Large ALS Data Analysis Reveals Common Genetic Cause of Disease

Large ALS Data Analysis Reveals Common Genetic Cause of Disease

Researchers have found that mutations in the NEK1 gene are the most common genetic causes of amyotrophic lateral sclerosis (ALS), accounting for 3 percent of North American and European ALS patients, both sporadic and familial.

The study, “NEK1 variants confer susceptibility to amyotrophic lateral sclerosis,” published in Nature Genetics, was developed under Project MinE, an international collaborative effort to sequence the genomes of ALS patients, and supported by the ALS Association with funds from the popular ALS Ice Bucket Challenge.

Project MinE was started by two entrepreneurs with ALS, Bernard Muller and Robbert Jan Stuit, as an effort to sequence at least 15,000 DNA samples of ALS patients.

This study involved more than 80 researchers in 11 countries, including Ireland, Italy, Spain, U.K., U.S., the Netherlands, Canada, Belgium, Germany, Turkey, and Australia. It included samples from both familial (hereditary) and sporadic ALS, and was the largest study on familial ALS so far.

“This study was only possible because of the collaboration of all of the scientists involved,” John Landers, PhD, professor of neurology at UMass Medical School, and one of the study’s senior authors, said in a press release.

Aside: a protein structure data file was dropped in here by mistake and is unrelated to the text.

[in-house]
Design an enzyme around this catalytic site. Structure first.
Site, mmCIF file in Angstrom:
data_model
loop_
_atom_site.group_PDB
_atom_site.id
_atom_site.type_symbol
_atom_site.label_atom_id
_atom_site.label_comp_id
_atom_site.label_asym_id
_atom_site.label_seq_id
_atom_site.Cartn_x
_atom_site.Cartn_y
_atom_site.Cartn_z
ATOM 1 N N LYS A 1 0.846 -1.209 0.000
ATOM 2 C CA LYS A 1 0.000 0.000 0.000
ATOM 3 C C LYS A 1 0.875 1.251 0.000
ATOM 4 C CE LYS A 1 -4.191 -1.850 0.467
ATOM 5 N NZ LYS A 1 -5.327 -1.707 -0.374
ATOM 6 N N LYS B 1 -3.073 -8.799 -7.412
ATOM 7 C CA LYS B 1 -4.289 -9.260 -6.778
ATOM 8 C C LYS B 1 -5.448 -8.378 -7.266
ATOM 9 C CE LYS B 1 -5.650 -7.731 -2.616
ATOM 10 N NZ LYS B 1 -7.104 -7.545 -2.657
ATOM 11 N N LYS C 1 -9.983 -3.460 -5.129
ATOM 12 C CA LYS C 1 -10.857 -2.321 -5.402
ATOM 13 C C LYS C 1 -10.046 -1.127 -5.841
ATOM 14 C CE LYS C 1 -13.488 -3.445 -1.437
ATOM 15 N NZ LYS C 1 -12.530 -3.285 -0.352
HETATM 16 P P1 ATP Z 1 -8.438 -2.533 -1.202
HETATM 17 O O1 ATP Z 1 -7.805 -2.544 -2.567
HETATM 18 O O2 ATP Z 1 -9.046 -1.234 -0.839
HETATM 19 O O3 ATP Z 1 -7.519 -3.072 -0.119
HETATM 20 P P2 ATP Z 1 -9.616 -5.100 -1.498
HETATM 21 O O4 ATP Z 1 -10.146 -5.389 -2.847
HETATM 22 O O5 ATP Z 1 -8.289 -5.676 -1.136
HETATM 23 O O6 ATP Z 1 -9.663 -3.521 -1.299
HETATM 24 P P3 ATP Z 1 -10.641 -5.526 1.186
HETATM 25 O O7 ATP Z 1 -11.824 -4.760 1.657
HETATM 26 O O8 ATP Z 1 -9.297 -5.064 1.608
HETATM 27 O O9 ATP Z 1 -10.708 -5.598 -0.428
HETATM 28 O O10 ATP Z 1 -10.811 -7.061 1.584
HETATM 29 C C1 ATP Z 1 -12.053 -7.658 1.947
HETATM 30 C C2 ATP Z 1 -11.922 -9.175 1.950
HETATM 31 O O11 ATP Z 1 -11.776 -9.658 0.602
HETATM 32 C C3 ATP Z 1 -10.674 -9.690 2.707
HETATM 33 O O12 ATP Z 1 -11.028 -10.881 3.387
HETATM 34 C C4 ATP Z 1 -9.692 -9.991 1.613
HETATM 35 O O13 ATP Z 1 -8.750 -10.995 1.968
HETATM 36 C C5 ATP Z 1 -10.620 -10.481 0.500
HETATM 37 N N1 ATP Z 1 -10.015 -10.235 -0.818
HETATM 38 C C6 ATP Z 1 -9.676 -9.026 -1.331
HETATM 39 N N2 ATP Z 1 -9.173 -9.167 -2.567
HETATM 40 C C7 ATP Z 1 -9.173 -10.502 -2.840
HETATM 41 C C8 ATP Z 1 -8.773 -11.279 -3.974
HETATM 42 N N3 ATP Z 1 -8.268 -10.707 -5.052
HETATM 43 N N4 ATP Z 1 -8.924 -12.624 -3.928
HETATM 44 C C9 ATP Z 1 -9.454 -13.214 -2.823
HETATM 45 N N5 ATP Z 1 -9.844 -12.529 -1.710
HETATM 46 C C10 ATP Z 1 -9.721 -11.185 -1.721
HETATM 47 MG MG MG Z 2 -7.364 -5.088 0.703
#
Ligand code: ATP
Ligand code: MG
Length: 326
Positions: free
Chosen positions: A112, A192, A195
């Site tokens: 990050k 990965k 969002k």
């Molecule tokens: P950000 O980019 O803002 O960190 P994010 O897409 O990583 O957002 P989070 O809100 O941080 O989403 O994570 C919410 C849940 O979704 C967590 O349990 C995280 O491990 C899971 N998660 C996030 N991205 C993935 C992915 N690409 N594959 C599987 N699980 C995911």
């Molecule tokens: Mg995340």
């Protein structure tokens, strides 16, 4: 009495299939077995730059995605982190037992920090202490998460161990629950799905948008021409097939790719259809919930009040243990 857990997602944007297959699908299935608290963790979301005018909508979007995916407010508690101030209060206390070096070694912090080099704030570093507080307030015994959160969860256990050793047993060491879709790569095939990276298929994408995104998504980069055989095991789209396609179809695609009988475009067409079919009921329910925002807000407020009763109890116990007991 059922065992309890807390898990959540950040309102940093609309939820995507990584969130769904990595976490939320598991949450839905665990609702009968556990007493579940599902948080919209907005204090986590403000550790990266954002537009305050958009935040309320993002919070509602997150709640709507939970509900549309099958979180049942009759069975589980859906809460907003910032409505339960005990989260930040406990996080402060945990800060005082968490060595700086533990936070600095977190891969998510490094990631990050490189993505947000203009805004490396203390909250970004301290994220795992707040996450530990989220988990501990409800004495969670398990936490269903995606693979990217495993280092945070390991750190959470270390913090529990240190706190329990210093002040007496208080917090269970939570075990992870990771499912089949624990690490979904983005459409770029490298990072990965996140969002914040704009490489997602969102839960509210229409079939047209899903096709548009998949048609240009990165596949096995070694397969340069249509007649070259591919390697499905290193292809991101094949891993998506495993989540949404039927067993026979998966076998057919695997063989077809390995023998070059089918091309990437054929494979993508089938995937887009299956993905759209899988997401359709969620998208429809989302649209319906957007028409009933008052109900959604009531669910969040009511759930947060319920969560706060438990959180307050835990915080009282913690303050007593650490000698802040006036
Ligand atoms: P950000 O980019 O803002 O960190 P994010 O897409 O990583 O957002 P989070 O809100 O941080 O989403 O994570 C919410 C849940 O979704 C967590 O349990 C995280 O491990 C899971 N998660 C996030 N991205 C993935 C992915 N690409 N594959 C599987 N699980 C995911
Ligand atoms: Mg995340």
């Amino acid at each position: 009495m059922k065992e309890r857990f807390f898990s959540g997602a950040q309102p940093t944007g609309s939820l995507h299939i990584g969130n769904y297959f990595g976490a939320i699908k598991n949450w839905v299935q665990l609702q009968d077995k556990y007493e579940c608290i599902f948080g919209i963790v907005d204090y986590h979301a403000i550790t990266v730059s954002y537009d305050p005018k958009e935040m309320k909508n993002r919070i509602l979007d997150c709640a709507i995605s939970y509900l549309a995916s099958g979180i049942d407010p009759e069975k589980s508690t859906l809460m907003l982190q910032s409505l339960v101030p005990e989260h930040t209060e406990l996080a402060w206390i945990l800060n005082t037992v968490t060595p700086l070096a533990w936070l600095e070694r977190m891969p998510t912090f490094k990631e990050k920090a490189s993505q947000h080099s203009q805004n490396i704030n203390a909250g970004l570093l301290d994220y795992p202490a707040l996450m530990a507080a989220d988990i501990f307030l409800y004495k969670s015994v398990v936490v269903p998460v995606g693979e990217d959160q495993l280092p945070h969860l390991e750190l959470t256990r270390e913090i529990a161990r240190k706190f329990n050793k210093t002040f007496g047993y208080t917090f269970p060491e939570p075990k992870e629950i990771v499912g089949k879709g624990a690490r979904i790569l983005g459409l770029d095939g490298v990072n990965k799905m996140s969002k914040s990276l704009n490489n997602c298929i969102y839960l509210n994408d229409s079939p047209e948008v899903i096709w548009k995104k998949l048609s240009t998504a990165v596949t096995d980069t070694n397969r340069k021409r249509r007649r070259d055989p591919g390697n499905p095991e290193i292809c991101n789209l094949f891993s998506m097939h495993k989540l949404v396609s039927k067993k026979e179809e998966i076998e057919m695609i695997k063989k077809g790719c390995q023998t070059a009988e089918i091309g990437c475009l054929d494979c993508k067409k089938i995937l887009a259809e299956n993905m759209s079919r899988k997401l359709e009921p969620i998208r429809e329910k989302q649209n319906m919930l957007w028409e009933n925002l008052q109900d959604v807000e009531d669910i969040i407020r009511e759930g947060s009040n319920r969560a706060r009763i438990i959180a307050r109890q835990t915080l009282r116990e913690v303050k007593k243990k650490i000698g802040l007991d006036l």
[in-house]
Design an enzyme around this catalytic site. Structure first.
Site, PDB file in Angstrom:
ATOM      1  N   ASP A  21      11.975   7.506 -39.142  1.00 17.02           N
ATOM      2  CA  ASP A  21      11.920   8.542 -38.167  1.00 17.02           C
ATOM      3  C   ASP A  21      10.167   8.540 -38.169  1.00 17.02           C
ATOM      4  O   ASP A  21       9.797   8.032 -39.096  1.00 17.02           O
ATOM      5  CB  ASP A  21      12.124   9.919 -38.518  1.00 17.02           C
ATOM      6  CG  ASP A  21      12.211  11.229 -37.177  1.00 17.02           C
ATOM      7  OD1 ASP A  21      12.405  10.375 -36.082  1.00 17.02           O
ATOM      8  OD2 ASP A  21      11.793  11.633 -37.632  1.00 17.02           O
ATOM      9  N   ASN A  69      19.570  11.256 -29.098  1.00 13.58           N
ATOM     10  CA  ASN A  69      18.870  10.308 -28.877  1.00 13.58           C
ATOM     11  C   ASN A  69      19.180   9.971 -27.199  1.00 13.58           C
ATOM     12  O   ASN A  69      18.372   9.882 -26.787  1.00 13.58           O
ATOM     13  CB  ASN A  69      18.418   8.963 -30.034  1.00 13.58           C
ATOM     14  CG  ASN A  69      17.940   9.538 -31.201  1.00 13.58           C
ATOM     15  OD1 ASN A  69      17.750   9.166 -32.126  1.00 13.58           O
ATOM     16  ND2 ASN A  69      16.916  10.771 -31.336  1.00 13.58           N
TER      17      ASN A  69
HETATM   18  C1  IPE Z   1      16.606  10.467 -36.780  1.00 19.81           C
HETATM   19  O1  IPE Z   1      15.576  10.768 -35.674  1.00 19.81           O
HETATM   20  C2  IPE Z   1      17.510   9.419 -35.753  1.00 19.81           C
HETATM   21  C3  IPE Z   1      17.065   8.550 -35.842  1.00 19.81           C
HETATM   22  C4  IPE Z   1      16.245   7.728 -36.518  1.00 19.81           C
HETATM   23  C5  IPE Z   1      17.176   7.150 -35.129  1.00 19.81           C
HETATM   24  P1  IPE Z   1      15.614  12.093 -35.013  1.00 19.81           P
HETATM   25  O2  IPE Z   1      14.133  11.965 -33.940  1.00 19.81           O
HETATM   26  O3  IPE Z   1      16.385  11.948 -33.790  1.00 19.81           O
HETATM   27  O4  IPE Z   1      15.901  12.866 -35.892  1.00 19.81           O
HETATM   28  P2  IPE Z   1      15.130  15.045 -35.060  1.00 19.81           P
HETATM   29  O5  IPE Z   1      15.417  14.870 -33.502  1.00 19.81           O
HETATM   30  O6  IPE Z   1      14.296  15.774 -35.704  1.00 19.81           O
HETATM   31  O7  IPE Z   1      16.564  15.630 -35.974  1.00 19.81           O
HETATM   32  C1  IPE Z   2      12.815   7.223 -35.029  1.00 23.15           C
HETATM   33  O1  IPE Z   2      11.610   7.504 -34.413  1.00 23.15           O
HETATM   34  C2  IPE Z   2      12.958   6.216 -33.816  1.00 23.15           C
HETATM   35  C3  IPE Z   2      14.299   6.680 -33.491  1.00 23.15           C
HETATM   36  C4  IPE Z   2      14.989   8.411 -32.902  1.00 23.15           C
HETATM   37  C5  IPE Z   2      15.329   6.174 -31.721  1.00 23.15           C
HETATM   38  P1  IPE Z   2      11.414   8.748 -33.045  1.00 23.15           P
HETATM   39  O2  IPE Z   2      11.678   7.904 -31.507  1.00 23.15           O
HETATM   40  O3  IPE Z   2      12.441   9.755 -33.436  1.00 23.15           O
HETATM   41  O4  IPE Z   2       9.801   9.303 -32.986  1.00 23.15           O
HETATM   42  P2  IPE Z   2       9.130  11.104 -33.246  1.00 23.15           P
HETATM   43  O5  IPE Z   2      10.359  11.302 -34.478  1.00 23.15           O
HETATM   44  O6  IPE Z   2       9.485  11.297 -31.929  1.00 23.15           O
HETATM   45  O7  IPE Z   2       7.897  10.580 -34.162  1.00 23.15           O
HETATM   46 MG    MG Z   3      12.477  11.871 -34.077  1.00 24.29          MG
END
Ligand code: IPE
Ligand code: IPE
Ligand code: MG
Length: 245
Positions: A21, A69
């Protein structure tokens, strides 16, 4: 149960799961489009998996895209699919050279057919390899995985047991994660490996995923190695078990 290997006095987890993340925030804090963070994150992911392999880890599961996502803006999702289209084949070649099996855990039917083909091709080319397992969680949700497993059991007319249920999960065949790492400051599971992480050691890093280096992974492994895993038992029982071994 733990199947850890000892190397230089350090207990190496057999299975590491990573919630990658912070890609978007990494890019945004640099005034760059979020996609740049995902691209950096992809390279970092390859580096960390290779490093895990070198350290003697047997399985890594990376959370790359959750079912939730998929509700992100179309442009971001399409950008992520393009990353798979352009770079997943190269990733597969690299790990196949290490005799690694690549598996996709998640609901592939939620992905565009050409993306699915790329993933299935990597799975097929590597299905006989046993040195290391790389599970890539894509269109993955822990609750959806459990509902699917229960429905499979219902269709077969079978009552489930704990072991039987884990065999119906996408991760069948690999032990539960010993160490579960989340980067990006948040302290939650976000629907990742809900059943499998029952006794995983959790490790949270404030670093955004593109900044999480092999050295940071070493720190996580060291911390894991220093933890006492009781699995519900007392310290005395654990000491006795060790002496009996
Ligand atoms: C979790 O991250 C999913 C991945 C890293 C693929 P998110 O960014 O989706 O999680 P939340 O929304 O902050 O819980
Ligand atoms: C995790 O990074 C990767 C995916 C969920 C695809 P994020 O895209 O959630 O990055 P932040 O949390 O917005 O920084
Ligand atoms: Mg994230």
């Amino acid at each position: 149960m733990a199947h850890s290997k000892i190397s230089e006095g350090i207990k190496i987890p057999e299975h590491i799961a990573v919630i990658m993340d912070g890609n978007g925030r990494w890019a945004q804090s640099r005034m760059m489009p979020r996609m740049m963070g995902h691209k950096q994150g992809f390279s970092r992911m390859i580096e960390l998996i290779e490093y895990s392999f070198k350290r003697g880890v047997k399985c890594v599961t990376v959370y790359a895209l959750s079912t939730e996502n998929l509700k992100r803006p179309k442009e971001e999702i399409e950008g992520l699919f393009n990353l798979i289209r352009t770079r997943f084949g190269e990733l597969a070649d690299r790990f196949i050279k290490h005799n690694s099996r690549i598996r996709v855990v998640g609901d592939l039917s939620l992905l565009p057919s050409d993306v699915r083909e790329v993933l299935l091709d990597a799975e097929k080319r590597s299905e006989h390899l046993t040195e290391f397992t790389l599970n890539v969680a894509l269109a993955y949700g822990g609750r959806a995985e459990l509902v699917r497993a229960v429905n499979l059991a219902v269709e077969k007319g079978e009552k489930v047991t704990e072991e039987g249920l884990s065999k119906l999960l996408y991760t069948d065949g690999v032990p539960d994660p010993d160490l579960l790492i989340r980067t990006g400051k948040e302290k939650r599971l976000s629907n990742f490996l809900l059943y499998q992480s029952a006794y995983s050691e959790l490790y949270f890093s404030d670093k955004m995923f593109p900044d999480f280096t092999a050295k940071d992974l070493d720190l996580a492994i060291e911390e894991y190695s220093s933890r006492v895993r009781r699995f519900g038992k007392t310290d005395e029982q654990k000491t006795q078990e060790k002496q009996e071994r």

“It is a prime example of the success that can come from the combined efforts of so many people, all dedicated to finding the causes of ALS. This kind of collaborative study is, more and more, where the field is headed,” Landers said.

The investigators examined the genome of more than 1,000 ALS families and found that a large number of these patients exhibited variants of the NEK1 gene. Variants in this gene again came up as overrepresented in a population of more than 13,000 sporadic ALS cases, compared to control samples.

These variations are predicted to result in a protein whose normal function is impaired. In fact, NEK1 has been associated with several neuronal functions, including the maintenance of the proteins that give neurons their normal shape and that are involved in cellular transport, regulation of the mitochondrial membrane, and DNA repair. Disruption of these functions has already been shown to increase the risk of ALS.

“The discovery of NEK1 highlights the value of big data in ALS research,” said Lucie Bruijn, PhD, MBA, of The ALS Association. “The sophisticated gene analysis that led to this finding was only possible because of the large number of ALS samples available.

“The ALS Ice Bucket Challenge enabled The ALS Association to invest in Project MinE’s work to create large biorepositories of ALS biosamples that are designed to allow exactly this kind of research and to produce exactly this kind of result,” she said.

The researchers now believe that a better understanding of NEK1 involvement in ALS may lead to the development of new therapies for ALS patients.

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